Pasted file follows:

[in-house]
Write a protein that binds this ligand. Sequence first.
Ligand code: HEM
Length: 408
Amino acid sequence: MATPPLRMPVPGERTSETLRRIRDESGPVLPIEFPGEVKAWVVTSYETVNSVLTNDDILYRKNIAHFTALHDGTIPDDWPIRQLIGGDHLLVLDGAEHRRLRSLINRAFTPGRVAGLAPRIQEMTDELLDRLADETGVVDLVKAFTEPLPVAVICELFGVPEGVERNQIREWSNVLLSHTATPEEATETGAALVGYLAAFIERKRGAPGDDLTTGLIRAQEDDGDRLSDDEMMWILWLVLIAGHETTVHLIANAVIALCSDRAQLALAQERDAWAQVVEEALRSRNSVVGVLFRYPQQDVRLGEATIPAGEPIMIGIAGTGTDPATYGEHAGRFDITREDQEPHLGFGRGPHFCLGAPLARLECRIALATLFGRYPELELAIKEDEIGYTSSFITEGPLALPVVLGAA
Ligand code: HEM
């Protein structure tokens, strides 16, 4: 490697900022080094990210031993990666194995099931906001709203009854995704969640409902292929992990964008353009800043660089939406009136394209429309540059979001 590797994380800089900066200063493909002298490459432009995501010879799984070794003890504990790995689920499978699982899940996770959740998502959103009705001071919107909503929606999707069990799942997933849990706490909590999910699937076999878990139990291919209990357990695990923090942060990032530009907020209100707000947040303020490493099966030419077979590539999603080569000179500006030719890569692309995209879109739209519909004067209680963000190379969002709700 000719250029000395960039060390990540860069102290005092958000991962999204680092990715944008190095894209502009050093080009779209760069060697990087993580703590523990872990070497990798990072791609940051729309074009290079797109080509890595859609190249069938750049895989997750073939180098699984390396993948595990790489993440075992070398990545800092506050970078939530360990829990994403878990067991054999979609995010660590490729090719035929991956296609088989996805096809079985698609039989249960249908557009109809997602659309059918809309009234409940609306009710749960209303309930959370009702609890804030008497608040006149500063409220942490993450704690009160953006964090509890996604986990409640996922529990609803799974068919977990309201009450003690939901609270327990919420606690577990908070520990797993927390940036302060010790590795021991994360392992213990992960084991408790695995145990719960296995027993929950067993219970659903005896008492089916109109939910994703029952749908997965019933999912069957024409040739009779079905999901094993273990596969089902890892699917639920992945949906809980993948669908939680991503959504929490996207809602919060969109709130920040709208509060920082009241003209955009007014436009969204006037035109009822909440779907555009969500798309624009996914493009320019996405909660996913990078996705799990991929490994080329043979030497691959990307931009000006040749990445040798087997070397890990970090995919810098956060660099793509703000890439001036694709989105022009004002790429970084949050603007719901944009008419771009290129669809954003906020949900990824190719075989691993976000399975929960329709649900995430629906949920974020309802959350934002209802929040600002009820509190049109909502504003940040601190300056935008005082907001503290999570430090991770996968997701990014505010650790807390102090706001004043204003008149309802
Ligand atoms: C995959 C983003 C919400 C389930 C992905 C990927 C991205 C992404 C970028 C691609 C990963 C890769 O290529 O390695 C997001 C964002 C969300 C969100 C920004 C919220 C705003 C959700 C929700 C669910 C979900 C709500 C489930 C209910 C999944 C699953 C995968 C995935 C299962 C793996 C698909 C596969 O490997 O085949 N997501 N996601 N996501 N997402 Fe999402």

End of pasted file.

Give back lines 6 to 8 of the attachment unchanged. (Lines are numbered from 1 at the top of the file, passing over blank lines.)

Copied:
Ligand code: HEM
């Protein structure tokens, strides 16, 4: 490697900022080094990210031993990666194995099931906001709203009854995704969640409902292929992990964008353009800043660089939406009136394209429309540059979001 590797994380800089900066200063493909002298490459432009995501010879799984070794003890504990790995689920499978699982899940996770959740998502959103009705001071919107909503929606999707069990799942997933849990706490909590999910699937076999878990139990291919209990357990695990923090942060990032530009907020209100707000947040303020490493099966030419077979590539999603080569000179500006030719890569692309995209879109739209519909004067209680963000190379969002709700 000719250029000395960039060390990540860069102290005092958000991962999204680092990715944008190095894209502009050093080009779209760069060697990087993580703590523990872990070497990798990072791609940051729309074009290079797109080509890595859609190249069938750049895989997750073939180098699984390396993948595990790489993440075992070398990545800092506050970078939530360990829990994403878990067991054999979609995010660590490729090719035929991956296609088989996805096809079985698609039989249960249908557009109809997602659309059918809309009234409940609306009710749960209303309930959370009702609890804030008497608040006149500063409220942490993450704690009160953006964090509890996604986990409640996922529990609803799974068919977990309201009450003690939901609270327990919420606690577990908070520990797993927390940036302060010790590795021991994360392992213990992960084991408790695995145990719960296995027993929950067993219970659903005896008492089916109109939910994703029952749908997965019933999912069957024409040739009779079905999901094993273990596969089902890892699917639920992945949906809980993948669908939680991503959504929490996207809602919060969109709130920040709208509060920082009241003209955009007014436009969204006037035109009822909440779907555009969500798309624009996914493009320019996405909660996913990078996705799990991929490994080329043979030497691959990307931009000006040749990445040798087997070397890990970090995919810098956060660099793509703000890439001036694709989105022009004002790429970084949050603007719901944009008419771009290129669809954003906020949900990824190719075989691993976000399975929960329709649900995430629906949920974020309802959350934002209802929040600002009820509190049109909502504003940040601190300056935008005082907001503290999570430090991770996968997701990014505010650790807390102090706001004043204003008149309802
Ligand atoms: C995959 C983003 C919400 C389930 C992905 C990927 C991205 C992404 C970028 C691609 C990963 C890769 O290529 O390695 C997001 C964002 C969300 C969100 C920004 C919220 C705003 C959700 C929700 C669910 C979900 C709500 C489930 C209910 C999944 C699953 C995968 C995935 C299962 C793996 C698909 C596969 O490997 O085949 N997501 N996601 N996501 N997402 Fe999402």